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For a delicious slice of traditional French cooking, it’s hard to beat a bistro. The boulevards and backstreets of Paris offer a fantastic selection – from veteran joints to new arrivals reinventing the classics.

Traditional dishes
Resolutely traditional down to its red gingham tablecloths, the big draw of the Le Roi du Pot au Feu is the pot au feu, a stockpot of beef, root vegetables and herbs, with the stock served as starter and the meat and vegetables as main course. It’s hearty, no-fuss nourishment, perfect for the start of a night out (00 33 1 47 42 37 10; 34 Rue Vignon; closed Sun & Aug; pot au feu £14).

A beautiful bistro and deli with elegantly dressed tables and walls lined with wine and local produce, Bistroy les Papilles offers a quality of food that ensures its narrow interior is packed out every night. Its market-led menu is different every day, and is complemented by an exceptional wine list from its extensive wine cellars. Try its marmite du marché, or ‘pot of the market’ (30 Rue Gay Lussac; closed Sun, Mon & mid-Jul–mid-Aug; four-course menus £26).

Le Hide, a tiny bistro round the corner from the Arc de Triomphe has won rave reviews for its traditional French cuisine – cooked up by a Japanese chef. Inside a bright, simple space, Hide Kobayashi serves up dishes such as côte de veau (veal chop), épaule d’agneau (shoulder of lamb) and monkfish in lemon butter, as well as a scrumptious selection of classic desserts (10 Rue du Général Lanrezac; closed Sat lunchtime, Sun, mid-May & mid-Aug; mains from £15).

Historic locations
Founded as a soup kitchen in 1896, Chartier hasn’t strayed far from its original mission to provide simple and satisfying food, with dishes like snails, steak cuts and veal stew making up the reasonably priced menu. The setting is grander – a Belle Époque dining room beneath a vast, light-strung ceiling (7 Rue du Faubourg Montmartre; mains from £7).

Le Trumilou, a Parisian institution, has clocked up more than a hundred years of custom in the same spot overlooking the Seine near Notre Dame. The menu is as authentic as a Parisian bistro gets, and changes depending on what’s on offer at market, but canard aux pruneaux (duck with prunes) and ris de veau grand-mère (veal sweetbreads) are specialities (84 Quai de l’Hôtel de Ville; closed mid-Aug; mains from £11).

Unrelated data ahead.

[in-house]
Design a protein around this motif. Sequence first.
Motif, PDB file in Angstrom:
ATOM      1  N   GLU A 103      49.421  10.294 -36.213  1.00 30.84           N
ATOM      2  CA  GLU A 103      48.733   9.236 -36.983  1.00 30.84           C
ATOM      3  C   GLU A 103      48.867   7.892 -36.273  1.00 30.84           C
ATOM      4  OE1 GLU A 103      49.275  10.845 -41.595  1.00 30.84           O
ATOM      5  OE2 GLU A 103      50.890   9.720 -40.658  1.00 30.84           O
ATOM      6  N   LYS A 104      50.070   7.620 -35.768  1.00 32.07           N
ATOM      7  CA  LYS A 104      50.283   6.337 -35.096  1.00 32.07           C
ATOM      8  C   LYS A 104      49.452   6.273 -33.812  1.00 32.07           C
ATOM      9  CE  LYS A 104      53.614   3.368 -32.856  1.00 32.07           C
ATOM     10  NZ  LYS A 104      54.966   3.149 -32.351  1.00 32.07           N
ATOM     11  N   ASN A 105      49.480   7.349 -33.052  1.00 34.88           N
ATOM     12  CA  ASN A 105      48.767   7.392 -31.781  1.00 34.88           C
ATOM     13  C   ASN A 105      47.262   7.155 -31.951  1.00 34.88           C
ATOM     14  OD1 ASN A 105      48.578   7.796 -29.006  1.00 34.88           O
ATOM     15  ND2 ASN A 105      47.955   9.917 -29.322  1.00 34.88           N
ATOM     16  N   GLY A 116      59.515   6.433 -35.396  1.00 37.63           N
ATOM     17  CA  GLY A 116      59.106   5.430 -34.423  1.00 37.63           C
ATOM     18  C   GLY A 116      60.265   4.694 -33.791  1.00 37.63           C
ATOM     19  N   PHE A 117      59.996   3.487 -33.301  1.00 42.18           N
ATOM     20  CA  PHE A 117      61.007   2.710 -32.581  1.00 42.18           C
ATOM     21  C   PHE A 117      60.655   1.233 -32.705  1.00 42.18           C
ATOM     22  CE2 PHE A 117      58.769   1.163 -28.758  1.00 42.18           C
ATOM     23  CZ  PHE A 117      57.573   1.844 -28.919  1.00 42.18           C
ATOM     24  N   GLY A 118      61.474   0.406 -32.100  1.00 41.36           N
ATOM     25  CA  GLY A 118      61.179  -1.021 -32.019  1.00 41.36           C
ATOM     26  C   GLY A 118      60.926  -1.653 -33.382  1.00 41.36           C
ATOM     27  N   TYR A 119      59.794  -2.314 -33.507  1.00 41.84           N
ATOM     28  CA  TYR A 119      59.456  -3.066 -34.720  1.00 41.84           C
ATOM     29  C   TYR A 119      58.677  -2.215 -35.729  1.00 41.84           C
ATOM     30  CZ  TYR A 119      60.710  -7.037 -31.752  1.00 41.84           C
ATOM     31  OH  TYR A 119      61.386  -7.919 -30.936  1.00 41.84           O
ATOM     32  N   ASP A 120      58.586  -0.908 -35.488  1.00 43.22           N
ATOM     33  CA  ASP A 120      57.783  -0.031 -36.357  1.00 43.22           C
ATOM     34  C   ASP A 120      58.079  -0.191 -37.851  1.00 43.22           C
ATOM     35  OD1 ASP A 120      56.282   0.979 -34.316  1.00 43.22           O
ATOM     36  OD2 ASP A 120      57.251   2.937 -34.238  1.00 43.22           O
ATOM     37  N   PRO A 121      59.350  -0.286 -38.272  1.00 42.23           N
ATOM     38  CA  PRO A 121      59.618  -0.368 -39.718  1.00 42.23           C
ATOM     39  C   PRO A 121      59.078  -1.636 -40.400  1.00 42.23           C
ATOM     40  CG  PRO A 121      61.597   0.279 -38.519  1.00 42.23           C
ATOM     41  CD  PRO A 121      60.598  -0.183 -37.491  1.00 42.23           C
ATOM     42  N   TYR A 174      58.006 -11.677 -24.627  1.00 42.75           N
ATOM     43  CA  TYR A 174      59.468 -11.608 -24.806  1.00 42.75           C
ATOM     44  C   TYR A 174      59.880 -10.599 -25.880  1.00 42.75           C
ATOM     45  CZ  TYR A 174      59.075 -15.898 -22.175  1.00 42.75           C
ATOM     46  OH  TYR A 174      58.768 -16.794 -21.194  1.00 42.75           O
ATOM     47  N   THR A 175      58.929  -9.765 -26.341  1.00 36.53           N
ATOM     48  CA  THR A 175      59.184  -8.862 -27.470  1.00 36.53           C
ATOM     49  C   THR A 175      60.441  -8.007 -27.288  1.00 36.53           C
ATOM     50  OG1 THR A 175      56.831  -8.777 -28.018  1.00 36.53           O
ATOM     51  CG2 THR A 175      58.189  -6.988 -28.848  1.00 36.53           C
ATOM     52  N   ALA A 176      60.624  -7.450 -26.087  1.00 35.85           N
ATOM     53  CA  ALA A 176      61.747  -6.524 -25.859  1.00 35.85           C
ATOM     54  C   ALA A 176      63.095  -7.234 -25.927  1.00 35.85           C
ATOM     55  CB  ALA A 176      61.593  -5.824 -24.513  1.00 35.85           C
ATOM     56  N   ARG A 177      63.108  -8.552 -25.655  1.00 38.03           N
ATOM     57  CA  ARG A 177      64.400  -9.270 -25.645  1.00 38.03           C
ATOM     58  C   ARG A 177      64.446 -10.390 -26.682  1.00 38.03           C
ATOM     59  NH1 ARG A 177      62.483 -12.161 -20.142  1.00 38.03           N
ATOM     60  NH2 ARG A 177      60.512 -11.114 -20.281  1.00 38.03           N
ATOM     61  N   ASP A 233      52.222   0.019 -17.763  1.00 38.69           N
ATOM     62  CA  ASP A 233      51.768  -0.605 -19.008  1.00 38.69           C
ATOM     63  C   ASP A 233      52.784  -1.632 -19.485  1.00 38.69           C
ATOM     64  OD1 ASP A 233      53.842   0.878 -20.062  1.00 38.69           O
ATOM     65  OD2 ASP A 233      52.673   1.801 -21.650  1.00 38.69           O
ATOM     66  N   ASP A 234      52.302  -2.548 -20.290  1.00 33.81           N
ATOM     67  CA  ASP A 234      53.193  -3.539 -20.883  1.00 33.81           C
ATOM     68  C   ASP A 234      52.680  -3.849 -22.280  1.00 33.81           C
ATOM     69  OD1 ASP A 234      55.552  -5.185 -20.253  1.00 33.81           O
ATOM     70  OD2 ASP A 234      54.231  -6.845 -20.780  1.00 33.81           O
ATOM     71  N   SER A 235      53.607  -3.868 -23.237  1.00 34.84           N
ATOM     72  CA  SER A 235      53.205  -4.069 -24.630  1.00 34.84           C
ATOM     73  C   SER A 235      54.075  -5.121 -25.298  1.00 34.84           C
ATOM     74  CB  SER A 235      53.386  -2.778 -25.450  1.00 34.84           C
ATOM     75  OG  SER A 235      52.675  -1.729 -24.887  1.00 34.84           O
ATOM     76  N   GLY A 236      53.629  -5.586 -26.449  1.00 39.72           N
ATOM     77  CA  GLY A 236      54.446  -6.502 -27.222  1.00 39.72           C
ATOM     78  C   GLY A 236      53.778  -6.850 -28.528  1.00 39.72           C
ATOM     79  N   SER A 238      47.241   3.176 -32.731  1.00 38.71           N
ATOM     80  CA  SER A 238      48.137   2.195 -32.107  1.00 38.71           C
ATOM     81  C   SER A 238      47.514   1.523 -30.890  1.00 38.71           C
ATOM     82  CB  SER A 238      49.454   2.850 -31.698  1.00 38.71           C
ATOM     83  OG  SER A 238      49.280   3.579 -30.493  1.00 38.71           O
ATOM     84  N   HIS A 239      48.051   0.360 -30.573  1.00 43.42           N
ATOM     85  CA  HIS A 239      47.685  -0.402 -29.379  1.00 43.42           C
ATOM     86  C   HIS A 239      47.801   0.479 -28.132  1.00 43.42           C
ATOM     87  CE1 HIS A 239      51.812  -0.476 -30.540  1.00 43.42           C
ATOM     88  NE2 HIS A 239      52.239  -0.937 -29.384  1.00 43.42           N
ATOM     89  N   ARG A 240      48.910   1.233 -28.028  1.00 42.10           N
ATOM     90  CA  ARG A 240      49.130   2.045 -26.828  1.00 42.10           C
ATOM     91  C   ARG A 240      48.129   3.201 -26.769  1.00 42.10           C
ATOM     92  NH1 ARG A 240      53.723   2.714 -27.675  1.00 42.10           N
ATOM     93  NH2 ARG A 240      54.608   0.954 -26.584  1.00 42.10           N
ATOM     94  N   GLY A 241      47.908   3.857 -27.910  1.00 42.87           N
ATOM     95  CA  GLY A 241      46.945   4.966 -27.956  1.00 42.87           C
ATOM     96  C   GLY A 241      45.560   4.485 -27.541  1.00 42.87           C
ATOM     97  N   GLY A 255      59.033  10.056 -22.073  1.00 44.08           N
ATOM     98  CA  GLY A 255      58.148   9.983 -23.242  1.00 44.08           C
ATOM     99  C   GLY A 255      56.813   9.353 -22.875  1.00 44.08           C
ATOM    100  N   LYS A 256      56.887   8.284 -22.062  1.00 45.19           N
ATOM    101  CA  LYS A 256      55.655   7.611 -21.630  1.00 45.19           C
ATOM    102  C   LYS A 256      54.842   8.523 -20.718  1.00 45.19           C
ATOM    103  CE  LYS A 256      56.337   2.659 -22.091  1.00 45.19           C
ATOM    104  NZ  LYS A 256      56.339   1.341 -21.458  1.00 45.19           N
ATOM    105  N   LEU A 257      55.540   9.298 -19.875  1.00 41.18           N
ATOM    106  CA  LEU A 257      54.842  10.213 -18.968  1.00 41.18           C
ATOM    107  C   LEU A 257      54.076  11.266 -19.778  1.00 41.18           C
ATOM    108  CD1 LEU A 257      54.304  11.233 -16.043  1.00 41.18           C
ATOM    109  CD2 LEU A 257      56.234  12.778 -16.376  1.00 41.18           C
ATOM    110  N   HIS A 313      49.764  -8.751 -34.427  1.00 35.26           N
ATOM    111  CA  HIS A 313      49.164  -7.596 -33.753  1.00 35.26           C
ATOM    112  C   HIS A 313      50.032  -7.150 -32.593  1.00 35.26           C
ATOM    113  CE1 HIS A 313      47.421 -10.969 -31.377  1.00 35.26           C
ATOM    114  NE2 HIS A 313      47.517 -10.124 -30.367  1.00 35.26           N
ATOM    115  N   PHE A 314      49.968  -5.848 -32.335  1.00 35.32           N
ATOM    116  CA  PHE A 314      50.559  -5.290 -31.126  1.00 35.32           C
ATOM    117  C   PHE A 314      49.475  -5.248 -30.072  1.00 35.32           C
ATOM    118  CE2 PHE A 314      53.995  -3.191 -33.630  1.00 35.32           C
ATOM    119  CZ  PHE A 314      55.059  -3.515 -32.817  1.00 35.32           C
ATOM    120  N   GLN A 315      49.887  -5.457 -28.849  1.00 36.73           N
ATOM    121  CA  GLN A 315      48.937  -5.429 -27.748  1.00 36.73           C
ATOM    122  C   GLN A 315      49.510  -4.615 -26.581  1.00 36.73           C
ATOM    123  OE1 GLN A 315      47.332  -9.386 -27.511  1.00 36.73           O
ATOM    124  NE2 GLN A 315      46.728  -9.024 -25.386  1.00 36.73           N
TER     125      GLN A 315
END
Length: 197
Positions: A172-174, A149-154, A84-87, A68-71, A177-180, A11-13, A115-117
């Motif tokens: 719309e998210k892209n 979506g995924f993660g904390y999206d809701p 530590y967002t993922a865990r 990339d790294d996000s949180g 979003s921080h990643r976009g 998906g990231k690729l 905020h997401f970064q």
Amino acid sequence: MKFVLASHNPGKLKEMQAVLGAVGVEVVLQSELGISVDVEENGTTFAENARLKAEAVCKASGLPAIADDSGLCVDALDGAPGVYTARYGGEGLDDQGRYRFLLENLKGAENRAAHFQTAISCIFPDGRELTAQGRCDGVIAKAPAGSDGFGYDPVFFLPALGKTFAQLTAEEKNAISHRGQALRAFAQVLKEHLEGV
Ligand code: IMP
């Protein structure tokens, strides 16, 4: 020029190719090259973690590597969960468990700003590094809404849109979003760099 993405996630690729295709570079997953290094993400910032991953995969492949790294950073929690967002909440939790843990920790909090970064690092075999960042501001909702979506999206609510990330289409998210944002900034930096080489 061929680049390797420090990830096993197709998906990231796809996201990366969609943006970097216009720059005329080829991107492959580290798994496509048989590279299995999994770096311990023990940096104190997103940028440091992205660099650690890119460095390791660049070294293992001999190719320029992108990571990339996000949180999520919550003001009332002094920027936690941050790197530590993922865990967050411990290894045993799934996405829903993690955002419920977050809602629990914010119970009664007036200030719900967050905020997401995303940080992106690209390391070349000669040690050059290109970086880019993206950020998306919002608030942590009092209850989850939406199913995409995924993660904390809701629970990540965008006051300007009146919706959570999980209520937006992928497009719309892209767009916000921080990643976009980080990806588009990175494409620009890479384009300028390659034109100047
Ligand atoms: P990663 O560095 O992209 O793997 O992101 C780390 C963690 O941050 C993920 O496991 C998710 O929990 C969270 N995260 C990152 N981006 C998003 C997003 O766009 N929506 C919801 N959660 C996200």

Chez Paul, a local haunt in the Bastille district, appears little changed since Monsieur and Madame Paul opened their bistro here in the 1940s. With its pavement tables, tiled floors and cosy interior cluttered with old knick-knacks and photos, it’s still the archetypal bistro, and offers classic dishes such as steak tartare (the house speciality) and beef stew. Be sure to book ahead (13 Rue de Charonne; mains from £12).

Contemporary cuisine
Jadis is a leading example of Paris’s ‘neo-bistro’ trend, combining the convivial feel of a traditional bistro with top restaurant-style dining. Rising star Guillaume Delage creates daring dishes such as spider crab with buckwheat blinis and an unforgettable chocolate soufflé (208 Rue de la Croix Nivert; closed Sat & Sun, & mid-Aug; mains from £14).

Housed in a former coaching inn in the Latin Quarter whose walls are lined with pretty old murals of pastoral scenes, Le Buisson Ardent serves up creative, contemporary variations on traditional bistro food. Tasty options include roast zander in seaweed butter with a young leek and lemongrass fondue (25 Rue Jussieu; closed Sun dinner & mid-Aug; mains from £18).

A bright, Art Deco space in the Relais Saint-Germain hotel, Le Comptoir is going down a storm with the gastronomes of Paris. The handiwork of renowned chef Yves Camdeborde, it offers innovative updates on bistro classics – suckling pig with lentils, for example – with an emphasis on seasonal produce (9 Carrefour de l’Odéon; three-course menus from £45).

Where to stay
Hôtel Langlois is a slice of Belle Époque Paris. Built in 1870, its richly decorated rooms are full of historic touches such as sandstone fireplaces and authentic objets d’art (63 Rue Saint- Lazare; from £115).

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